Pumpkins, Falling Leaves, Football, and…Allergies

 What causes fall allergies and how to still enjoy the season.

The cooler temperatures of fall are always a welcome relief after the heat of summer. The decorations, changing leaves, and football games make fall a favorite season for many people. But millions of others dread this time of year due to the unpleasant allergies that come with the changing leaf colors.

Until the first frost sets in, ragweed, goldenrod, lamb’s quarters, curly dock, sagebrush, pigweed, and outdoor mold are the main culprits for fall allergies. The body’s immune system mistakenly attacks these harmless invaders, which results in an increase in the production of histamine, the substance responsible for hay fever symptoms: congestion; sneezing; coughing; itchy nose, eyes, and throat; runny nose; and asthma attacks.

Check out this list of simple strategies that a personal trainer in Arlington provided to help you limit your exposure to fall allergens, so you can feel your best this season.

Keep the Pollen Outdoors

While you may be tempted to open the windows and let cool, fresh air in your home or car, don’t. This time of year, the air is filled with pollen and mold spores that are best left outside. Run your air-conditioner to lower indoor temperatures and to reduce the humidity in your home so mold doesn’t have a chance to grow.

Those who suffer from severe allergies may benefit from HEPA (high efficiency particulate air) air filter running in each room, especially rooms with carpet or where you spend the majority of your time. HEPA air filters in return vents and a HEPA vacuum cleaner may also help reduce allergy symptoms.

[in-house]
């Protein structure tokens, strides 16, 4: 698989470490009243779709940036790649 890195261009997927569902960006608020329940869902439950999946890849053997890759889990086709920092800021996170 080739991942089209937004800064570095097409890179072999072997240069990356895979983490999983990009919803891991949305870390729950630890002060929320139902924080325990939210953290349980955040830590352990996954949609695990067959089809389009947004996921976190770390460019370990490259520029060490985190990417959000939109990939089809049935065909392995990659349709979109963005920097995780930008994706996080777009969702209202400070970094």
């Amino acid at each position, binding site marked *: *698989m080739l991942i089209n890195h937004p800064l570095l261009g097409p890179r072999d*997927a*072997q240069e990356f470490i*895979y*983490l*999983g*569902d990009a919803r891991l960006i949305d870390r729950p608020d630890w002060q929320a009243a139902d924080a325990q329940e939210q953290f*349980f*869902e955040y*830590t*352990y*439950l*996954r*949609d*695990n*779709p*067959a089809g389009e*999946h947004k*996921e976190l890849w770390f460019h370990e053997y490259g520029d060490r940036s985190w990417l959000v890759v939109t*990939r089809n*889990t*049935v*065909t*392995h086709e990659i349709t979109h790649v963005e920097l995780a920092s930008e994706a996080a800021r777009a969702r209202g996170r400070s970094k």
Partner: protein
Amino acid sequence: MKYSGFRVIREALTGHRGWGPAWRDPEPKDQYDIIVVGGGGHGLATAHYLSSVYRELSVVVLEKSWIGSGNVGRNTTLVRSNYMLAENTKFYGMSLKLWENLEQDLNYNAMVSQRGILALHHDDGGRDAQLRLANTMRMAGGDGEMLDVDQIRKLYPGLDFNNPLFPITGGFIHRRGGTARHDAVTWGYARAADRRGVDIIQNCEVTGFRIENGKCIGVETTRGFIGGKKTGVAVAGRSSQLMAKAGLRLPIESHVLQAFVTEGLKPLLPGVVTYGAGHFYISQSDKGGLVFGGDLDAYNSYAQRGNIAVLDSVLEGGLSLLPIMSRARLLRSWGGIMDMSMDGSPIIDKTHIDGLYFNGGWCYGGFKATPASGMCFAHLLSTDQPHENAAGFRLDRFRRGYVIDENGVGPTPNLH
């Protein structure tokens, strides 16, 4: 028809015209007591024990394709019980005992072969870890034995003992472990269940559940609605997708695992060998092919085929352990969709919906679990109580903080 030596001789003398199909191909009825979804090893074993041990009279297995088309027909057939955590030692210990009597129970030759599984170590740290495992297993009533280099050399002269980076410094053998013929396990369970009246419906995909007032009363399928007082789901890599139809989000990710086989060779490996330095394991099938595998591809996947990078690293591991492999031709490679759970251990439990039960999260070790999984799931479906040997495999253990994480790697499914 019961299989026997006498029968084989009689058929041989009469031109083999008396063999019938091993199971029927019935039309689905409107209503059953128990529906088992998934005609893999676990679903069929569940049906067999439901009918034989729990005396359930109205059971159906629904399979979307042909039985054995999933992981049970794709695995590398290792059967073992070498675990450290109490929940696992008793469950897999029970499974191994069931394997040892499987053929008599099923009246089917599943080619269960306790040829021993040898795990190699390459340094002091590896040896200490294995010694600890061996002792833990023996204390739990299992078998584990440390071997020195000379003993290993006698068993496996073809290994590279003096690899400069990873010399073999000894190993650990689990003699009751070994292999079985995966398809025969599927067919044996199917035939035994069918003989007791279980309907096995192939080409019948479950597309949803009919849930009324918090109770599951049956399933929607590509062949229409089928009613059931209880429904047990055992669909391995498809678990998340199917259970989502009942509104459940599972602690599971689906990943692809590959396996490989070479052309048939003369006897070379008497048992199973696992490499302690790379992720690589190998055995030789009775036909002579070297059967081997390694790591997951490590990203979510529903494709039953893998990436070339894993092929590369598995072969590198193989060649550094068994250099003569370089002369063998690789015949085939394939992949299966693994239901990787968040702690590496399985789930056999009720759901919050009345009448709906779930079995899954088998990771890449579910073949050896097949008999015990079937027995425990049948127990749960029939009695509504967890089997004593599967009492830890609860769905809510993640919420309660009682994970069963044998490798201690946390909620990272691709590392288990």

Another way to keep pollen out of your home is to take a shower and wash your clothes after being outside for an extended amount of time. Don’t forget about the pollen that your pets bring in from outside. Try to keep cats indoors and bathe your dogs frequently through the fall season.

Cover Your Face

When you have to be outdoors to do yard work or fix the car, protect yourself from pollen by wearing a mask that covers your mouth and nose. Pharmacies and home repair stores should have these on hand. You may look funny wearing it, but at least your hay fever symptoms won’t flare as badly.

Rinse Your Nasal Passages

Also known as nasal douching, this home remedy for hay fever uses a salt-water solution to wash pollen and mucous out of your nose. To administer, Arlington fitness center suggests that you mix half a teaspoon of salt and half a teaspoon baking soda with one cup of distilled water at room temperature or buy saline solution at the pharmacy. Squirt this solution into your nose with a rubber ear syringe or with a special pot you can purchase for this purpose. The water runs through your nasal passages and makes its way out your mouth. Those who’ve tried this remedy claim it’s helpful at reducing hay fever symptoms. Keep in mind this isn’t the same as spraying an antihistamine up each nostril.

Over-the-Counter Medication

When you’ve tried everything and nothing seems to bring relief, it’s time to find an over-the-counter antihistamine, decongestant, or a combination that works for you. The fitness professionals at Arlington Fit Body Bootcamp suggest that you talk with your doctor before taking a decongestant if you have high blood pressure. A steroid nasal spray is another option that may relieve symptoms.

The sooner you start treatment, the better. So if you know you’ll be outside over the weekend, begin taking an antihistamine a few days before or watch pollen counts in your area and when they start to rise, go ahead and take your medication. This will reduce the severity and duration of your symptoms.

No Escape. Avoiding exposure to ragweed pollen is nearly impossible. One ragweed plant releases a billion pollen grains into the air during a single fall season.

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